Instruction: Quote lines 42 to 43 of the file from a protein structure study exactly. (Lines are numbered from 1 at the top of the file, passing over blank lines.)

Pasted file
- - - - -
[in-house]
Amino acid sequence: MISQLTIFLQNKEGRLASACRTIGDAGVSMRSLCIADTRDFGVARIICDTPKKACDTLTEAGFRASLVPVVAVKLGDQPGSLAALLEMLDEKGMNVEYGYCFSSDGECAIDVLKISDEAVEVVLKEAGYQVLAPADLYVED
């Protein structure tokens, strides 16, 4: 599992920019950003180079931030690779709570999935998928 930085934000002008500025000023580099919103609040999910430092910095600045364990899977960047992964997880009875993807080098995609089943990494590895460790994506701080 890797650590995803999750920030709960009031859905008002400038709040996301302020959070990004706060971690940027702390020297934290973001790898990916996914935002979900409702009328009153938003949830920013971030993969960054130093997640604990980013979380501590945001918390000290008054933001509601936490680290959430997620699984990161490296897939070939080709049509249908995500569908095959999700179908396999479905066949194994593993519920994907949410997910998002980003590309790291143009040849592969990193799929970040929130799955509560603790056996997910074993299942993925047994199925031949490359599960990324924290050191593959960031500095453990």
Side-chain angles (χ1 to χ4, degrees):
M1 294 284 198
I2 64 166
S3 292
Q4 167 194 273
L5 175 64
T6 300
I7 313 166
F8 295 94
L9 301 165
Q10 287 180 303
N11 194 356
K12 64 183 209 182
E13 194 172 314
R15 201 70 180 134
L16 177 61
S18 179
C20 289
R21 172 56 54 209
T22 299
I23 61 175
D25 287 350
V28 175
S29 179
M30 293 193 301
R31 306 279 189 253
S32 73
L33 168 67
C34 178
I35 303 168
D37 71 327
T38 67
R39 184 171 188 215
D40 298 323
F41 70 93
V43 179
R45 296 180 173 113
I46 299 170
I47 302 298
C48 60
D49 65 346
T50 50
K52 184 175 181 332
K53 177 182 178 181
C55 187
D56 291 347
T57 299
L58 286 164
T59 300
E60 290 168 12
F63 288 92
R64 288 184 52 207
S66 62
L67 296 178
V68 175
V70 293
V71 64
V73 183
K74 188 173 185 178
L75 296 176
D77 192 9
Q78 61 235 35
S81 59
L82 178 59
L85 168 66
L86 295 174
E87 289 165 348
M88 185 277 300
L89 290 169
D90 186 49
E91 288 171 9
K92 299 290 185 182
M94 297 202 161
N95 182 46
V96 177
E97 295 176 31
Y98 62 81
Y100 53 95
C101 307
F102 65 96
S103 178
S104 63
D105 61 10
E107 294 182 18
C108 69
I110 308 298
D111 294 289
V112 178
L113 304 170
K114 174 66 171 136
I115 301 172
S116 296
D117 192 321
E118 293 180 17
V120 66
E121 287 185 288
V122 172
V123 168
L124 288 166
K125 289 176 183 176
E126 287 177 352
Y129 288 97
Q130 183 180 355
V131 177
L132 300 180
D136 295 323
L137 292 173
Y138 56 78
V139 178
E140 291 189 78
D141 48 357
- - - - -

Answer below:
I47 302 298
C48 60